Against the backdrop of Kazakh boxer Gennady Golovkin’s fight and just because it happened over the weekend, President Nursultan Nazarbayev’s visit to Tashkent and its outcomes did not, perhaps, receive sufficient coverage. Of no small importance is the fact that the visit had the status of an official state visit.
Both sides called the meeting ground-breaking and historic. And such a characterisation is not a cliché politesse but a reflection of the actual situation. The two countries have signed a large package of documents, expanded cooperation horizons and indicators, and laid new traditions of bilateral visits at the highest level.
The Uzbek side was scrupulous about Nazarbayev’s visit, which included, for instance, a visit to the Tole bi mausoleum and a launch of an Uzbek translation of Nazarbayev’s book. These would seem simply subtle details, but in Central Asia they are very significant. They confirm the existing warm relationship between the two presidents and, in particular, the Uzbek leader’s special respect for the President of Kazakhstan. Therefore, this visit has definitively taken this bilateral relationship to a qualitatively new level.
It is worth reminding that the Kazakh President’s working visit to Uzbekistan last September ushered in a new stage of expectations and set the trend for the future Kazakh-Uzbek relations. Back then, forecasts about the prospects for cooperation were cautious. There were also fears that expectations were just illusions. However, the leaders of the two states were able to bring bilateral relations to a new dynamic within a span of just one year.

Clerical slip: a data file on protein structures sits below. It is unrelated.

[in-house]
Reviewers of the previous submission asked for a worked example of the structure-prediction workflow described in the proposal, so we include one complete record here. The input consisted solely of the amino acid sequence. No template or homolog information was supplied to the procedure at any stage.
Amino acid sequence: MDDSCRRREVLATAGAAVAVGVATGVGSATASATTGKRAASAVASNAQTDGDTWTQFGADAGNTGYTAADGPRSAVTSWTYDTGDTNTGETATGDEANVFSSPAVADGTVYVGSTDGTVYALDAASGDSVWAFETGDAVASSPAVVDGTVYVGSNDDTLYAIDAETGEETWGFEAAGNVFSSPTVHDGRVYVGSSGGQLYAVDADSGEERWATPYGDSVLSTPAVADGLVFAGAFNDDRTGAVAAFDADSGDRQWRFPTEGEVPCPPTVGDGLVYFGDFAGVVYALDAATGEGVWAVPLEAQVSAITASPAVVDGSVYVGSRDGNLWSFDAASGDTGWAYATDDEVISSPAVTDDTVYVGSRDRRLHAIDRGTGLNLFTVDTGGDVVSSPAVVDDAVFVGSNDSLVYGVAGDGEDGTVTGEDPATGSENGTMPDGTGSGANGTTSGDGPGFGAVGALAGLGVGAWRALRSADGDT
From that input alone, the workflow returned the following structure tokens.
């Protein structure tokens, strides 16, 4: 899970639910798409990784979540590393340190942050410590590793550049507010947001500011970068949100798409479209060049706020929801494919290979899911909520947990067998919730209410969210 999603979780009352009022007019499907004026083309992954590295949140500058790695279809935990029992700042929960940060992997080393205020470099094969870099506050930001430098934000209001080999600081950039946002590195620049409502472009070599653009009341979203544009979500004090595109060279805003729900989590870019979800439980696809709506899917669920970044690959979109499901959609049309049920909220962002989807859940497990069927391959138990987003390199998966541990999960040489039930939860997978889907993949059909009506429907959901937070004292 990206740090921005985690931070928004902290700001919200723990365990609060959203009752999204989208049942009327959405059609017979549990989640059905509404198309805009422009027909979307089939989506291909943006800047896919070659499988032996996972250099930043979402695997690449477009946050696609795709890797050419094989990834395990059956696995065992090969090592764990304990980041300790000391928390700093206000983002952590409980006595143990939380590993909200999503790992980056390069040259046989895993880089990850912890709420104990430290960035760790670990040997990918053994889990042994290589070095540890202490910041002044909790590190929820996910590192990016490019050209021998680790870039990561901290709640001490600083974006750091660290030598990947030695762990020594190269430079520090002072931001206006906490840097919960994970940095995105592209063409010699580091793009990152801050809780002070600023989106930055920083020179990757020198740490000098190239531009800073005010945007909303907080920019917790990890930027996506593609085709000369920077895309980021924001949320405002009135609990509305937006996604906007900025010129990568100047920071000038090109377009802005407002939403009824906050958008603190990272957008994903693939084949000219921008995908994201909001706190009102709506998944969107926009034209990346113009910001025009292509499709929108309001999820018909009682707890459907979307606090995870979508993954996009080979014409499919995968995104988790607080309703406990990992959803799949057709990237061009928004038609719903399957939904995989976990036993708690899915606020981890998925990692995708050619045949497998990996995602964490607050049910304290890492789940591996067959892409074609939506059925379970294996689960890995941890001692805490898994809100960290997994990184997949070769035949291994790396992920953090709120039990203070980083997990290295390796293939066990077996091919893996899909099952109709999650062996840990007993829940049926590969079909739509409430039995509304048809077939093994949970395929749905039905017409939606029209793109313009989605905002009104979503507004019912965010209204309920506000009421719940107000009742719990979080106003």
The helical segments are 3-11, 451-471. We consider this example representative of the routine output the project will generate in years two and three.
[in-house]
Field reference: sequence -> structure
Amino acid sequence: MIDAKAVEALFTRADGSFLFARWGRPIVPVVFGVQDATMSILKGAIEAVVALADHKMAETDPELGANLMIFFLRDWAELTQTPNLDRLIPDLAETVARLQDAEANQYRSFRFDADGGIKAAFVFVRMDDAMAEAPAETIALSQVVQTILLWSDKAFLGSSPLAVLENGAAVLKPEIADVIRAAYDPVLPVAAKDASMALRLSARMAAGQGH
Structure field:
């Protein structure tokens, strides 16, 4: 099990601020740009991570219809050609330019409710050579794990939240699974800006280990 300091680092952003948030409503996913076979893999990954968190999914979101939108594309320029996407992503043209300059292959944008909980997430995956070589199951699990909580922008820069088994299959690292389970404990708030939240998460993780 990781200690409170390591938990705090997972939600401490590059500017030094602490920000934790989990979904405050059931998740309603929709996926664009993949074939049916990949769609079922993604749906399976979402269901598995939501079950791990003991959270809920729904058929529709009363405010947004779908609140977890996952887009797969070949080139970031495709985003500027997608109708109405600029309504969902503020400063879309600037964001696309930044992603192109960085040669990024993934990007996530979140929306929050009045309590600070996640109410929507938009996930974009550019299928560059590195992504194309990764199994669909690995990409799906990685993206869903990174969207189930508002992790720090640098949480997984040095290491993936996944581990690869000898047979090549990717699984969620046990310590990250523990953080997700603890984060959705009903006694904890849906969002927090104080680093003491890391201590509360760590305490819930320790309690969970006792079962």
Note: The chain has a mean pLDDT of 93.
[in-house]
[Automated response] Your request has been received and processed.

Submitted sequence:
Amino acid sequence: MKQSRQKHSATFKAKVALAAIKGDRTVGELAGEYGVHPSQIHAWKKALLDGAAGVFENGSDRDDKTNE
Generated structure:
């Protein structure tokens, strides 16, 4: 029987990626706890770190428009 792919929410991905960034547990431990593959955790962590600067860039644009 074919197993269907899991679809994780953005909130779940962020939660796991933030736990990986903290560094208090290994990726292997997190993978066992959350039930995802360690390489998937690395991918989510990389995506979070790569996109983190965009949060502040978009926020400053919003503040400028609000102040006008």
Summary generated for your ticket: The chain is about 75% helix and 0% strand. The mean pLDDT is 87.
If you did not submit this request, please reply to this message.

Since September 2016, Nazarbayev and Uzbek President Shavkat Mirziyoyev have had seven telephone conversations. In March, the Uzbek President paid a state visit to Kazakhstan, which was followed by another working meeting in Saryagash in South Kazakhstan a few weeks later. In June, the Uzbek leader visited Astana to take part in the meeting of the Shanghai Cooperation Organisation summit. He came back to Astana in early September to lead the Uzbek delegation to the first ever Organisation of Islamic Cooperation Summit on Science and Technology. Apart from that, Nazarbayev and Mirziyoyev held bilateral talks in May on the fringes of other multilateral fora, including the Arab-Islamic-American Summit in Riyadh, Saudi Arabia and the Belt and Road Initiative Forum in Beijing, China.
In Tashkent, both Presidents emphasised in their remarks that this was their sixth meeting over a short period of time.
The leaders of Kazakhstan and Uzbekistan have given an impetus to economic cooperation, which reflected in concrete indicators. Since the beginning of the year, bilateral trade has grown 35 percent, communication between the two countries has intensified, and border collaboration issues are being solved on a systematic basis.
The most important is that both leaders are trying to give a boost to the overall process of regional cooperation. With the strengthening of the Kazakh-Uzbek ties, there is indeed a chance to restart regional cooperation in Central Asia.
The author is a political analyst and the head of the Kazakhstan Council on Foreign Affairs.